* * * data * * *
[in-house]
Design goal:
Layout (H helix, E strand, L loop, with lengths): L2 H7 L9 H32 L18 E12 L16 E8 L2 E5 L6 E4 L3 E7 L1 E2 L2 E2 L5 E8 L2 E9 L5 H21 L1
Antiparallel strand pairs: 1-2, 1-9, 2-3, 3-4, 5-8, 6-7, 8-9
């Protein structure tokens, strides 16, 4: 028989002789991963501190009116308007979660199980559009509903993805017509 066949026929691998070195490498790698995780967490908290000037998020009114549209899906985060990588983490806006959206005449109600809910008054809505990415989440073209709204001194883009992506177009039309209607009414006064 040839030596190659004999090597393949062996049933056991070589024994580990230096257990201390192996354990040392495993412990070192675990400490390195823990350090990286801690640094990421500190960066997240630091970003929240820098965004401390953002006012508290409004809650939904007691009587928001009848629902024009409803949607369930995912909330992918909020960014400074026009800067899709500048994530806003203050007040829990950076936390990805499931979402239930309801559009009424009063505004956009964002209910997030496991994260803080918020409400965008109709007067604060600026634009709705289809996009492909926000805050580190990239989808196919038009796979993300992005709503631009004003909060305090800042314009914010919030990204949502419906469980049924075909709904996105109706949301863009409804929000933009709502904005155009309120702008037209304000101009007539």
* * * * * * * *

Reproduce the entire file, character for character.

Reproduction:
[in-house]
Design goal:
Layout (H helix, E strand, L loop, with lengths): L2 H7 L9 H32 L18 E12 L16 E8 L2 E5 L6 E4 L3 E7 L1 E2 L2 E2 L5 E8 L2 E9 L5 H21 L1
Antiparallel strand pairs: 1-2, 1-9, 2-3, 3-4, 5-8, 6-7, 8-9
């Protein structure tokens, strides 16, 4: 028989002789991963501190009116308007979660199980559009509903993805017509 066949026929691998070195490498790698995780967490908290000037998020009114549209899906985060990588983490806006959206005449109600809910008054809505990415989440073209709204001194883009992506177009039309209607009414006064 040839030596190659004999090597393949062996049933056991070589024994580990230096257990201390192996354990040392495993412990070192675990400490390195823990350090990286801690640094990421500190960066997240630091970003929240820098965004401390953002006012508290409004809650939904007691009587928001009848629902024009409803949607369930995912909330992918909020960014400074026009800067899709500048994530806003203050007040829990950076936390990805499931979402239930309801559009009424009063505004956009964002209910997030496991994260803080918020409400965008109709007067604060600026634009709705289809996009492909926000805050580190990239989808196919038009796979993300992005709503631009004003909060305090800042314009914010919030990204949502419906469980049924075909709904996105109706949301863009409804929000933009709502904005155009309120702008037209304000101009007539």